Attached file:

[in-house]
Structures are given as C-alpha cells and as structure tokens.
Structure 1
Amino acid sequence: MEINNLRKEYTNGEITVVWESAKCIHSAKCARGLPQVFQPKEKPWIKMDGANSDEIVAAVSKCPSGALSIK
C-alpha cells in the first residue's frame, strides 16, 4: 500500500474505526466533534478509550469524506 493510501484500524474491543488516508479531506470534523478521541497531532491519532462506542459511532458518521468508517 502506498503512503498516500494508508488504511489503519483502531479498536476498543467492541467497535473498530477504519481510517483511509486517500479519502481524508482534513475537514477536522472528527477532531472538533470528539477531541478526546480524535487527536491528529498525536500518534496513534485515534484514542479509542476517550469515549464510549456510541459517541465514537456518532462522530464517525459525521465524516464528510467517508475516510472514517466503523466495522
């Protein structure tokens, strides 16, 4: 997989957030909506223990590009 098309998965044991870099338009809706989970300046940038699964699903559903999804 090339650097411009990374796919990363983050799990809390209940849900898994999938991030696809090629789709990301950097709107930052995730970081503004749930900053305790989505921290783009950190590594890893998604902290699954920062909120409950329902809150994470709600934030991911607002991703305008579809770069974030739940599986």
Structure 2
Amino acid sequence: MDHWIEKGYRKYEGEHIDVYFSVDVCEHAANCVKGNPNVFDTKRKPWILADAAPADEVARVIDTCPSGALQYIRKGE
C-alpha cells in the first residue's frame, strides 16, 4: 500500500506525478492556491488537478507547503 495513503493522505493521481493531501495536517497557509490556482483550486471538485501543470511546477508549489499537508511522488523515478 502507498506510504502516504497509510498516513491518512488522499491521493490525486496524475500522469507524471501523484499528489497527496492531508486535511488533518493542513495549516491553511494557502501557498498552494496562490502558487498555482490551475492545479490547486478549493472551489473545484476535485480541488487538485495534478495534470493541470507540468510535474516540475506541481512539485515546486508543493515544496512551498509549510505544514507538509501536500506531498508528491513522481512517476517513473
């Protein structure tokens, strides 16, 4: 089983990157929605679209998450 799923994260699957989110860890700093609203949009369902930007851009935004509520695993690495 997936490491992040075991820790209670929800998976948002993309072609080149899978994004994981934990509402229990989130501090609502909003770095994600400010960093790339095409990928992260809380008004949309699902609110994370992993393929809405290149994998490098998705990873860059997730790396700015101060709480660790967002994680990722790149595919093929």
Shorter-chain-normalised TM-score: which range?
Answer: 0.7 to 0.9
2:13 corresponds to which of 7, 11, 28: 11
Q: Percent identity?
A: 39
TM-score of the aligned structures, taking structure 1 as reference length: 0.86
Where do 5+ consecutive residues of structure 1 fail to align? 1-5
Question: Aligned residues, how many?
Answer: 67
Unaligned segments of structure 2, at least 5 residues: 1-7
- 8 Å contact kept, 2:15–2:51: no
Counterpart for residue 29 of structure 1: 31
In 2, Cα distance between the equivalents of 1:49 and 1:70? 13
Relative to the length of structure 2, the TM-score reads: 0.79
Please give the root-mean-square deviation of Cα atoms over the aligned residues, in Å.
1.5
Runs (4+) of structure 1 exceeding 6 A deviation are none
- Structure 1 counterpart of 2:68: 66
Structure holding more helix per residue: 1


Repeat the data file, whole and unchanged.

[in-house]
Structures are given as C-alpha cells and as structure tokens.
Structure 1
Amino acid sequence: MEINNLRKEYTNGEITVVWESAKCIHSAKCARGLPQVFQPKEKPWIKMDGANSDEIVAAVSKCPSGALSIK
C-alpha cells in the first residue's frame, strides 16, 4: 500500500474505526466533534478509550469524506 493510501484500524474491543488516508479531506470534523478521541497531532491519532462506542459511532458518521468508517 502506498503512503498516500494508508488504511489503519483502531479498536476498543467492541467497535473498530477504519481510517483511509486517500479519502481524508482534513475537514477536522472528527477532531472538533470528539477531541478526546480524535487527536491528529498525536500518534496513534485515534484514542479509542476517550469515549464510549456510541459517541465514537456518532462522530464517525459525521465524516464528510467517508475516510472514517466503523466495522
């Protein structure tokens, strides 16, 4: 997989957030909506223990590009 098309998965044991870099338009809706989970300046940038699964699903559903999804 090339650097411009990374796919990363983050799990809390209940849900898994999938991030696809090629789709990301950097709107930052995730970081503004749930900053305790989505921290783009950190590594890893998604902290699954920062909120409950329902809150994470709600934030991911607002991703305008579809770069974030739940599986």
Structure 2
Amino acid sequence: MDHWIEKGYRKYEGEHIDVYFSVDVCEHAANCVKGNPNVFDTKRKPWILADAAPADEVARVIDTCPSGALQYIRKGE
C-alpha cells in the first residue's frame, strides 16, 4: 500500500506525478492556491488537478507547503 495513503493522505493521481493531501495536517497557509490556482483550486471538485501543470511546477508549489499537508511522488523515478 502507498506510504502516504497509510498516513491518512488522499491521493490525486496524475500522469507524471501523484499528489497527496492531508486535511488533518493542513495549516491553511494557502501557498498552494496562490502558487498555482490551475492545479490547486478549493472551489473545484476535485480541488487538485495534478495534470493541470507540468510535474516540475506541481512539485515546486508543493515544496512551498509549510505544514507538509501536500506531498508528491513522481512517476517513473
């Protein structure tokens, strides 16, 4: 089983990157929605679209998450 799923994260699957989110860890700093609203949009369902930007851009935004509520695993690495 997936490491992040075991820790209670929800998976948002993309072609080149899978994004994981934990509402229990989130501090609502909003770095994600400010960093790339095409990928992260809380008004949309699902609110994370992993393929809405290149994998490098998705990873860059997730790396700015101060709480660790967002994680990722790149595919093929």
Shorter-chain-normalised TM-score: which range?
Answer: 0.7 to 0.9
2:13 corresponds to which of 7, 11, 28: 11
Q: Percent identity?
A: 39
TM-score of the aligned structures, taking structure 1 as reference length: 0.86
Where do 5+ consecutive residues of structure 1 fail to align? 1-5
Question: Aligned residues, how many?
Answer: 67
Unaligned segments of structure 2, at least 5 residues: 1-7
- 8 Å contact kept, 2:15–2:51: no
Counterpart for residue 29 of structure 1: 31
In 2, Cα distance between the equivalents of 1:49 and 1:70? 13
Relative to the length of structure 2, the TM-score reads: 0.79
Please give the root-mean-square deviation of Cα atoms over the aligned residues, in Å.
1.5
Runs (4+) of structure 1 exceeding 6 A deviation are none
- Structure 1 counterpart of 2:68: 66
Structure holding more helix per residue: 1